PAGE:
“All that was flashing in my head was my family,” Kokinakos recalled. “Outside of the uniform, I’m a human being, too. I have people who love me. At the end of the day, he chose what he wanted. And at the end of the day, I had to get home. So did [my coworkers]. He put me in a situation I didn’t want to be in. But none of my guys were injured. Everyone got home safely.”
Reacting quickly, Fariello pepper-sprayed the man, who then suddenly lunged toward Kokinakos, swinging his weapon. Dodging the man’s sword, Kokinakos discharged his firearm, eliminating the threat.
Standing before his fellow brothers and sisters in law enforcement at the Valor Awards, Kokinakos described feeling a wave of emotion.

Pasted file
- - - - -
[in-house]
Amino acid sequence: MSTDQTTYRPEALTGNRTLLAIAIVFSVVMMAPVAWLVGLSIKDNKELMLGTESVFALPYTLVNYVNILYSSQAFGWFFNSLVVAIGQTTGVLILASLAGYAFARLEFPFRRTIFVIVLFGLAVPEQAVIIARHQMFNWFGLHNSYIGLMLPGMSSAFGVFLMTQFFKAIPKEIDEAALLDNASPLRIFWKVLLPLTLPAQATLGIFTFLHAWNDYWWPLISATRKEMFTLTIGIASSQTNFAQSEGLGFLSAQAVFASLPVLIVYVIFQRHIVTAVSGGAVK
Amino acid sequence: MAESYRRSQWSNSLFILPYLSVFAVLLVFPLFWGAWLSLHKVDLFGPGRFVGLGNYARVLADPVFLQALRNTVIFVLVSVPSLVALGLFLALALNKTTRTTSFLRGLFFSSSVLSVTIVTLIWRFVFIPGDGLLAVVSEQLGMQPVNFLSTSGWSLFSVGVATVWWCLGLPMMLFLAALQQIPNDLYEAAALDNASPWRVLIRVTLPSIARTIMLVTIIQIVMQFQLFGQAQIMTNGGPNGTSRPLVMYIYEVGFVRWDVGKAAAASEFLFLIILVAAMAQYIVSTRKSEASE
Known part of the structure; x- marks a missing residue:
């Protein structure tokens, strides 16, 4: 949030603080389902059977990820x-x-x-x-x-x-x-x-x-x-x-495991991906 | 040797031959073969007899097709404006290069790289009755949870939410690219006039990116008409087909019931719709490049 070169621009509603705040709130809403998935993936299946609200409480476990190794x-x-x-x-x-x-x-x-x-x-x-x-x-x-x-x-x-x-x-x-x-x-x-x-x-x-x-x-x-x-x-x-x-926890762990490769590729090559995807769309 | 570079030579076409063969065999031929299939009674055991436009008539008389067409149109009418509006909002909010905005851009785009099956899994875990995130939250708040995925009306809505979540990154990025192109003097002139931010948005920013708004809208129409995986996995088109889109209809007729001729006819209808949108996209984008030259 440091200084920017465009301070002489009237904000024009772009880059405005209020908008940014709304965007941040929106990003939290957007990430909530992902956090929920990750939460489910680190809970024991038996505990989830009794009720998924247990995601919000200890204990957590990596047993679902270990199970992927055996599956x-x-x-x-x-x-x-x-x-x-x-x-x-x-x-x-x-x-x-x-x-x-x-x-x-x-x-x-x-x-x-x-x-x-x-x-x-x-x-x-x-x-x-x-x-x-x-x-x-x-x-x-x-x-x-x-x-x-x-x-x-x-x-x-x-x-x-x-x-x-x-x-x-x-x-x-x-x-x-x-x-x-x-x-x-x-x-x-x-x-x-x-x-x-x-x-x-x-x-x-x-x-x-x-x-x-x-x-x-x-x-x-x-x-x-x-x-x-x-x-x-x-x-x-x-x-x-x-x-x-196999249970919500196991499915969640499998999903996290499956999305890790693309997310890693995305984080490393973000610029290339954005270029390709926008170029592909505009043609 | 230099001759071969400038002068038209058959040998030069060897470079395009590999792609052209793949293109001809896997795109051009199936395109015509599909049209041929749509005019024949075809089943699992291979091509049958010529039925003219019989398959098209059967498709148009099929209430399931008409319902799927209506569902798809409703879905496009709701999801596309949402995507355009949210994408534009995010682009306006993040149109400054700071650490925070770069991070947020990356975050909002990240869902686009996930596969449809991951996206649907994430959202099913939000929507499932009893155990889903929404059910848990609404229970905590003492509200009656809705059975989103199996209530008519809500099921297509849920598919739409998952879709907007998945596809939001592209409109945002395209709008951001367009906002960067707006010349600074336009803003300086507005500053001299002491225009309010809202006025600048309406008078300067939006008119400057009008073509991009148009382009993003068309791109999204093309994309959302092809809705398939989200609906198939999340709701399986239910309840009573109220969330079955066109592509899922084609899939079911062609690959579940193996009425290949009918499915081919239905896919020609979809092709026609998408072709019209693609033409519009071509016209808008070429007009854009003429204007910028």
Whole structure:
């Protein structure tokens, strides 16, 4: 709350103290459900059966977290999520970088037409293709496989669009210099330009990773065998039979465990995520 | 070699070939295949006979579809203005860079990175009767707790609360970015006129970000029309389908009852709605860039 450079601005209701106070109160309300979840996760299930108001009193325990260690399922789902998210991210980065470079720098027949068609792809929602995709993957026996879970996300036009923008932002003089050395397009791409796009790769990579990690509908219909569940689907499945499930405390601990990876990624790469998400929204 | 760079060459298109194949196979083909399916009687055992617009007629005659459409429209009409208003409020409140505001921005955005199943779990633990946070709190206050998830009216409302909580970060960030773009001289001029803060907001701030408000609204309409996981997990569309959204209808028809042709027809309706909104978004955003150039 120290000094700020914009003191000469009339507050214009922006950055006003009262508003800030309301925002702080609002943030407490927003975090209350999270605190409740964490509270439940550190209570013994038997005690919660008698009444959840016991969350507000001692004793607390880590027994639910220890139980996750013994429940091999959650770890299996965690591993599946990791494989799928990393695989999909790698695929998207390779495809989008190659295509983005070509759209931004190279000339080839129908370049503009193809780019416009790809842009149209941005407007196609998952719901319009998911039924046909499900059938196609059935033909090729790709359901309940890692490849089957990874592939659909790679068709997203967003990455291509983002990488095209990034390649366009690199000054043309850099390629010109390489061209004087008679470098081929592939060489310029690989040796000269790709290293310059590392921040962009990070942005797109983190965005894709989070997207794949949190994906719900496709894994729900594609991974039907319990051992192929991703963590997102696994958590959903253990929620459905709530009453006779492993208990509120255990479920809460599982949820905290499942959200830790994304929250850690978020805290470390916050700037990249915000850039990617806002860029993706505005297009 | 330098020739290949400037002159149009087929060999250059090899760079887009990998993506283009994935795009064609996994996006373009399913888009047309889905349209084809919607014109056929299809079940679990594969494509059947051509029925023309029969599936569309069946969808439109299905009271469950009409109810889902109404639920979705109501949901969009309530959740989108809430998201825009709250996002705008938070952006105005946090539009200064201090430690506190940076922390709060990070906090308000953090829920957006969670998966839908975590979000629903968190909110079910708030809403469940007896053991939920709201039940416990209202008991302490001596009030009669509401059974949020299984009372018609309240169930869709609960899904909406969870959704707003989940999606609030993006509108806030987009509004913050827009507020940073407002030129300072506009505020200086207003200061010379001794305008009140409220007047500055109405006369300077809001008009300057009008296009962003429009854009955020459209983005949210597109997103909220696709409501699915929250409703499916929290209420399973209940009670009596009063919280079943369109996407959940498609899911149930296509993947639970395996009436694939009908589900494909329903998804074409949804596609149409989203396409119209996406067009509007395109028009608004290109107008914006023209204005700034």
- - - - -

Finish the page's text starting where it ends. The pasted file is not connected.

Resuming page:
“It was a lot to take in, a lot of emotion behind it,” Kokinakos expressed. “I was just blessed to be here to accept the award. Hopefully, I don’t get put in that situation again.”
Despite only being on the job four years, Kokinakos admitted he had been in many situations like this one on Sept. 28, 2021. And he often carries with him something he learned in the academy that this incident seemed to have reflected so well: there’s no such thing as a routine call.
“It definitely took me to the next level,” Kokinakos said. “I don’t wish any officer to be in that situation, but like they say, in omnia paratus. Always be ready.
Acting on Instinct
Being in the right place at the right time paid off for four Elizabeth Police detectives who snagged two armed suspects in the city’s port section on a March afternoon in 2021.
Detectives Michael Nicolas, Alexander Gonzalez, Luis Figueiredo and Rui Xavier — recipients of the Silver Medal of Valor — were assigned to narcotics that day, working in an area known for high crime and drug problems when a couple of people caught their collective attention.